Summary: James cautioned believers against rushing to become teachers. God teaches that He will appoint whom He pleases. He does, however, give us the criteria for His appointment.

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“The LORD spoke to Moses, saying, ‘Bring the tribe of Levi near, and set them before Aaron the priest, that they may minister to him. They shall keep guard over him and over the whole congregation before the tent of meeting, as they minister at the tabernacle. They shall guard all the furnishings of the tent of meeting, and keep guard over the people of Israel as they minister at the tabernacle. And you shall give the Levites to Aaron and his sons; they are wholly given to him from among the people of Israel. And you shall appoint Aaron and his sons, and they shall guard their priesthood. But if any outsider comes near, he shall be put to death.’

“And the LORD spoke to Moses, saying, ‘Behold, I have taken the Levites from among the people of Israel instead of every firstborn who opens the womb among the people of Israel. The Levites shall be mine, for all the firstborn are mine. On the day that I struck down all the firstborn in the land of Egypt, I consecrated for my own all the firstborn in Israel, both of man and of beast. They shall be mine: I am the LORD.’”

God chooses whom He wills to serve His people, and the churches appoint whom God chooses. However, the churches of this day appear determined to challenge the will of God by introducing new criteria for appointment to holy office. Today, sex at church is apparently vital! Let me explain. The push began some decades back as a few women began to demand the “right” to occupy the sacred desk; the basis for their demand was their sex. Women wanted to be elders and deacons. We were told that they felt excluded because of their sex. Therefore, it was necessary that progressive denominations and churches should rectify the divine deficit by adopting a new criterion of sex for appointment to holy office.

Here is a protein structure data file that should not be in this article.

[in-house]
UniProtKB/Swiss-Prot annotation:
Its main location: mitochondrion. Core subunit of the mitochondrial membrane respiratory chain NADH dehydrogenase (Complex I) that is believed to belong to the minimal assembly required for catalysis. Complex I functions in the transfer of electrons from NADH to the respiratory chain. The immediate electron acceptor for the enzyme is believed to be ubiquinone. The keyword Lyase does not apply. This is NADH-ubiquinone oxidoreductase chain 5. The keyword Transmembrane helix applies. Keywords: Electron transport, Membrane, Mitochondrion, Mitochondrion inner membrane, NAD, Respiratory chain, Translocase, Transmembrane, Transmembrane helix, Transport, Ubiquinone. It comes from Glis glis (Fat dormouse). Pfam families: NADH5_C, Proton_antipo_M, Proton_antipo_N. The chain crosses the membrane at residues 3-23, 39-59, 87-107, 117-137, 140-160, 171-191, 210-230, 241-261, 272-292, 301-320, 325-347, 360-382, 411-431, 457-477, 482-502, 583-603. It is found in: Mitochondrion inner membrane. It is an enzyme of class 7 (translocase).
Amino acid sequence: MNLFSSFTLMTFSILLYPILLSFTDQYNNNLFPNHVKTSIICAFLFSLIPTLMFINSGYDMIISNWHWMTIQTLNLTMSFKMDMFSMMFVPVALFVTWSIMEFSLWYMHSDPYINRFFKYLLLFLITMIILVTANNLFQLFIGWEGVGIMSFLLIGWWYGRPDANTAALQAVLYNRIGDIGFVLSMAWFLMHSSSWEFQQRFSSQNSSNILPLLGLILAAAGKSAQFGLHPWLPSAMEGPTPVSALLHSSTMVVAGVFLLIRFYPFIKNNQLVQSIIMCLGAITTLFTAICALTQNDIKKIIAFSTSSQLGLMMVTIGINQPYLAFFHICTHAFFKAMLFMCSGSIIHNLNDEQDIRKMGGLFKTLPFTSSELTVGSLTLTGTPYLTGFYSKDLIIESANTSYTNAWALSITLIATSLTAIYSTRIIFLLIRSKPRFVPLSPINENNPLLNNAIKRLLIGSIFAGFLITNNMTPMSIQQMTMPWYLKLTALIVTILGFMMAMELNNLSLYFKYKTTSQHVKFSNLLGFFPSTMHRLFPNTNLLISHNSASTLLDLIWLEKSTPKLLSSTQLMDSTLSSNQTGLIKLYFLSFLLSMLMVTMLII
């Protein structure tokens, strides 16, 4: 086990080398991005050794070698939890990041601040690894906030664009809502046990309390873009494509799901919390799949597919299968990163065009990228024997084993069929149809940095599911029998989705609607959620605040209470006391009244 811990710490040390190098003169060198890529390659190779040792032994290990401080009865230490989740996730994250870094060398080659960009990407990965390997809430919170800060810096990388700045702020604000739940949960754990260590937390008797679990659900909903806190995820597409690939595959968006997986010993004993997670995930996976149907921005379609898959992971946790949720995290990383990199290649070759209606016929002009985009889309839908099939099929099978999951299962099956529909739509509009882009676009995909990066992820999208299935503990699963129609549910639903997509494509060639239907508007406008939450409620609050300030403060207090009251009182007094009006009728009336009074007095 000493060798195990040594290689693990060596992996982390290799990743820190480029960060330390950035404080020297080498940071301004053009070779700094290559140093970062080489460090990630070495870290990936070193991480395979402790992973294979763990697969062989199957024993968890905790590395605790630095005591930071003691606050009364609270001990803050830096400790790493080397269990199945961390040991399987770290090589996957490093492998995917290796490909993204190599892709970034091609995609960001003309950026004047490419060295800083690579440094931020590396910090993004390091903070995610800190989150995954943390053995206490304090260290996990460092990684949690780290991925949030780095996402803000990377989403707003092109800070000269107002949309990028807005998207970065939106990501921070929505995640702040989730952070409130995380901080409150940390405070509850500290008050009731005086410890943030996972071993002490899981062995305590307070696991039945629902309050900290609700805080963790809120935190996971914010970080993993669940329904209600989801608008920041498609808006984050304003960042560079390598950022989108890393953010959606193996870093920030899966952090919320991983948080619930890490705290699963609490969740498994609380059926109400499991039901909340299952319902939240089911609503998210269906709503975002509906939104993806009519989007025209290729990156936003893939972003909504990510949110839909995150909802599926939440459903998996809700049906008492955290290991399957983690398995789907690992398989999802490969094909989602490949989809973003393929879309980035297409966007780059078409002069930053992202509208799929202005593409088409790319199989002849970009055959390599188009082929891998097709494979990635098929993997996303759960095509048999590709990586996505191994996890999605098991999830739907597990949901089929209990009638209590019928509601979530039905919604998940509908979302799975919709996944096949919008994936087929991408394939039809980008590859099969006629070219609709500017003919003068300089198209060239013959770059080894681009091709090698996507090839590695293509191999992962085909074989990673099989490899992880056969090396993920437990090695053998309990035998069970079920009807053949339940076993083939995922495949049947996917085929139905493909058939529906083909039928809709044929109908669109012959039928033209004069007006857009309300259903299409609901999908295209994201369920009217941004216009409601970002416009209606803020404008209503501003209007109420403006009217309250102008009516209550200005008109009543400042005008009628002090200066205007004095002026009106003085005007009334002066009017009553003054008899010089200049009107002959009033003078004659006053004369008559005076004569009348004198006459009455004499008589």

At first, liberal churches moved to become inclusive in filling the pulpits. These churches did not want to exclude anyone from the “privilege” of pastoral oversight; and so they demonstrated the magnanimity of their heart by recruiting women to serve as pastors. The pulpit was viewed as a place of power and influence. Women had long felt excluded from the positions of power; we were told these moves would rectify the situation. As time has moved inexorably toward a conclusion, an increasing number of churches that are reputed to be evangelical have joined in this grand experiment seeking to appease the demands of our world.

For the first two millennia of this church age, it would have been unthinkable to promote women into holy office. Misogyny did not inform this position—the Word instructed all who accepted the veracity of what God had delivered. However, the Gospel of Diversity demanded that every facet of church work must reflect the potential racial/social/economic makeup of the community. So accommodation and adjustment has become the standard as the Word of God is reinterpreted to say what modern church goers imagine it should say.

Today, an increasing number of broad-minded souls argue that the Word of God is irrelevant when it speaks on such matters as appointment to holy office. We are assured that this is the case because the Apostles were captive to their culture; or more likely, because they were misogynous or perhaps even fearful of women. Interestingly enough, few who promote this rebellion are so benighted as to argue that the Bible does not teach against appointing women to eldership; they simply dismiss what is taught as irrelevant to this day.

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